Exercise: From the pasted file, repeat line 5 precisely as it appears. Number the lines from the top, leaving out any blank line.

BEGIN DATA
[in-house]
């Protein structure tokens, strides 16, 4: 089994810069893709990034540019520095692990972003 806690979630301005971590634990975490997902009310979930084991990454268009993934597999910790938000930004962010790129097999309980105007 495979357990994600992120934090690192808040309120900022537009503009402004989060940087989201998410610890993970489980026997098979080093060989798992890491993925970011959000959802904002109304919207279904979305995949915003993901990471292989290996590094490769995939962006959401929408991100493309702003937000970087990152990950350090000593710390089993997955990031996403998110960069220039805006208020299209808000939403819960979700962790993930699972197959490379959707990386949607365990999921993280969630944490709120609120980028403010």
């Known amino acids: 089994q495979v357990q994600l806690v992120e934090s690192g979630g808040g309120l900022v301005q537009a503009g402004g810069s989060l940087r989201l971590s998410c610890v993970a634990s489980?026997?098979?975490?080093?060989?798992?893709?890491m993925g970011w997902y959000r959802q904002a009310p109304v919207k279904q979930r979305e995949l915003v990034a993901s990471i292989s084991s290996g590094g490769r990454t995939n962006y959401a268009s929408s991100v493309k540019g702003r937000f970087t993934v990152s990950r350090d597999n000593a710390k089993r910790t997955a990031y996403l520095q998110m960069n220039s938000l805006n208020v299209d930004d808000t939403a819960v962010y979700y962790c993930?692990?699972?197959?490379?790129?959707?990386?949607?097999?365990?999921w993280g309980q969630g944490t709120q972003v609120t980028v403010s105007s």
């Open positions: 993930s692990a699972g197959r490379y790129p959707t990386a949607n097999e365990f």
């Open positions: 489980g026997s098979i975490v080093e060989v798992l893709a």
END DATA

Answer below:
């Open positions: 489980g026997s098979i975490v080093e060989v798992l893709a």